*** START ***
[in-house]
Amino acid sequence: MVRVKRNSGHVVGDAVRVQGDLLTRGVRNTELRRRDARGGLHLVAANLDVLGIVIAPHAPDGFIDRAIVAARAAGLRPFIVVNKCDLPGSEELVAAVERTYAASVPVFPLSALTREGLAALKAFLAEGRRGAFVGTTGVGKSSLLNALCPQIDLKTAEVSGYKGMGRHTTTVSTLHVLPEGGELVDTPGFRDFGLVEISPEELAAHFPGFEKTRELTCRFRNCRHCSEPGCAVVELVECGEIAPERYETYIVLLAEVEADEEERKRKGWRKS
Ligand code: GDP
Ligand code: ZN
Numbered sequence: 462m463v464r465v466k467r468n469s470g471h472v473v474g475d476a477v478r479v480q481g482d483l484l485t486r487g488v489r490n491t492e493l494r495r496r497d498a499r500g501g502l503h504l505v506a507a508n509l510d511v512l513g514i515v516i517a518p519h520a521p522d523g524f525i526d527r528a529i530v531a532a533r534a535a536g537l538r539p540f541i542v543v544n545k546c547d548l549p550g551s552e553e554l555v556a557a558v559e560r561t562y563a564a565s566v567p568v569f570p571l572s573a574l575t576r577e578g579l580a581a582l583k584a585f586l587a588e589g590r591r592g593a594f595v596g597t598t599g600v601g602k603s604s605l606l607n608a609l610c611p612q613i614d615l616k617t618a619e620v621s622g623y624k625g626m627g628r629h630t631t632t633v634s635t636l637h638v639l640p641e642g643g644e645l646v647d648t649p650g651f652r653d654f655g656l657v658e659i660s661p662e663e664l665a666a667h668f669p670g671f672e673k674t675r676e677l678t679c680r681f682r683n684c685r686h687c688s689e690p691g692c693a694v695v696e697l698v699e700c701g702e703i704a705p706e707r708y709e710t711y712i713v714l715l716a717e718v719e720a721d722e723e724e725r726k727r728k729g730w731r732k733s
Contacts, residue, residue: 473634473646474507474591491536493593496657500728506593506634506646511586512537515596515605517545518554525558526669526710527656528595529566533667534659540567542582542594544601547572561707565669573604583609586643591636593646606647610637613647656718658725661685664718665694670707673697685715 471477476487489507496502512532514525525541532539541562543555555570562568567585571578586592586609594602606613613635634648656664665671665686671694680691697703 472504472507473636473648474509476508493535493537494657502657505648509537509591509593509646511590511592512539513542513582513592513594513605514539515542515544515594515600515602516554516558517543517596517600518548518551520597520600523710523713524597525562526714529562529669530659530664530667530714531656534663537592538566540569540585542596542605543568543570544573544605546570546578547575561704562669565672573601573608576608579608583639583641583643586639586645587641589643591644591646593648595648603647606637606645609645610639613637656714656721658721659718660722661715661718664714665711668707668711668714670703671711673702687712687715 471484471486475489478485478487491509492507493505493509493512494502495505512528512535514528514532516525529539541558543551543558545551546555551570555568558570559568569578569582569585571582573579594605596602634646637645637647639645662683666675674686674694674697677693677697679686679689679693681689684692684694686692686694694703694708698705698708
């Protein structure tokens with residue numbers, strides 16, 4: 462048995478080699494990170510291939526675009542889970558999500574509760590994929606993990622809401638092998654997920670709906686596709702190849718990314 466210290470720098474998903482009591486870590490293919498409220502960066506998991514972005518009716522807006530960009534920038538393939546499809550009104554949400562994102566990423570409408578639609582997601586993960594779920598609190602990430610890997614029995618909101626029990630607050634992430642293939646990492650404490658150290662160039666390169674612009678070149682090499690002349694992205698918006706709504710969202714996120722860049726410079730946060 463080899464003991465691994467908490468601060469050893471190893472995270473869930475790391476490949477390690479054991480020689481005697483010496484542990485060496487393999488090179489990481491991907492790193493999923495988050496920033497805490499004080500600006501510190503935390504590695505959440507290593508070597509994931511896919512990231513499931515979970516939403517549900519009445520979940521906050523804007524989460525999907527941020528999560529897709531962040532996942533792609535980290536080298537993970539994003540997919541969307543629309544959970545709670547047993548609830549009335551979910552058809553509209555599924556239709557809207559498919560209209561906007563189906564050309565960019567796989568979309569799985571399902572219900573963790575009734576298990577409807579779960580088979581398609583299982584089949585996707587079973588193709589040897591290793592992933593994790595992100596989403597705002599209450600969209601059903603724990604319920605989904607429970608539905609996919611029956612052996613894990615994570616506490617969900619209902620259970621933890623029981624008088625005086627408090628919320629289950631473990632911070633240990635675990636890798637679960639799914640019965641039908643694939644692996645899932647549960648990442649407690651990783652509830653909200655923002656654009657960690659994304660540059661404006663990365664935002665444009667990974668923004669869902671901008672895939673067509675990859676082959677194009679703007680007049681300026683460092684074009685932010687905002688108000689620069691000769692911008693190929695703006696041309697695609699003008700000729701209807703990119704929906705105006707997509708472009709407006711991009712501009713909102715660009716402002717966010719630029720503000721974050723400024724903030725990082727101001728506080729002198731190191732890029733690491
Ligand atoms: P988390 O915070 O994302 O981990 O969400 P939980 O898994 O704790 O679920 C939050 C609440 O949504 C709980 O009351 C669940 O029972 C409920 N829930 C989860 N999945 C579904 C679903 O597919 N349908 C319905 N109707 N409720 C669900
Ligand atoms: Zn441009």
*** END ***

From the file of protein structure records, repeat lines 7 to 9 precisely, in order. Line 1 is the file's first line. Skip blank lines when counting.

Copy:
């Protein structure tokens with residue numbers, strides 16, 4: 462048995478080699494990170510291939526675009542889970558999500574509760590994929606993990622809401638092998654997920670709906686596709702190849718990314 466210290470720098474998903482009591486870590490293919498409220502960066506998991514972005518009716522807006530960009534920038538393939546499809550009104554949400562994102566990423570409408578639609582997601586993960594779920598609190602990430610890997614029995618909101626029990630607050634992430642293939646990492650404490658150290662160039666390169674612009678070149682090499690002349694992205698918006706709504710969202714996120722860049726410079730946060 463080899464003991465691994467908490468601060469050893471190893472995270473869930475790391476490949477390690479054991480020689481005697483010496484542990485060496487393999488090179489990481491991907492790193493999923495988050496920033497805490499004080500600006501510190503935390504590695505959440507290593508070597509994931511896919512990231513499931515979970516939403517549900519009445520979940521906050523804007524989460525999907527941020528999560529897709531962040532996942533792609535980290536080298537993970539994003540997919541969307543629309544959970545709670547047993548609830549009335551979910552058809553509209555599924556239709557809207559498919560209209561906007563189906564050309565960019567796989568979309569799985571399902572219900573963790575009734576298990577409807579779960580088979581398609583299982584089949585996707587079973588193709589040897591290793592992933593994790595992100596989403597705002599209450600969209601059903603724990604319920605989904607429970608539905609996919611029956612052996613894990615994570616506490617969900619209902620259970621933890623029981624008088625005086627408090628919320629289950631473990632911070633240990635675990636890798637679960639799914640019965641039908643694939644692996645899932647549960648990442649407690651990783652509830653909200655923002656654009657960690659994304660540059661404006663990365664935002665444009667990974668923004669869902671901008672895939673067509675990859676082959677194009679703007680007049681300026683460092684074009685932010687905002688108000689620069691000769692911008693190929695703006696041309697695609699003008700000729701209807703990119704929906705105006707997509708472009709407006711991009712501009713909102715660009716402002717966010719630029720503000721974050723400024724903030725990082727101001728506080729002198731190191732890029733690491
Ligand atoms: P988390 O915070 O994302 O981990 O969400 P939980 O898994 O704790 O679920 C939050 C609440 O949504 C709980 O009351 C669940 O029972 C409920 N829930 C989860 N999945 C579904 C679903 O597919 N349908 C319905 N109707 N409720 C669900
Ligand atoms: Zn441009």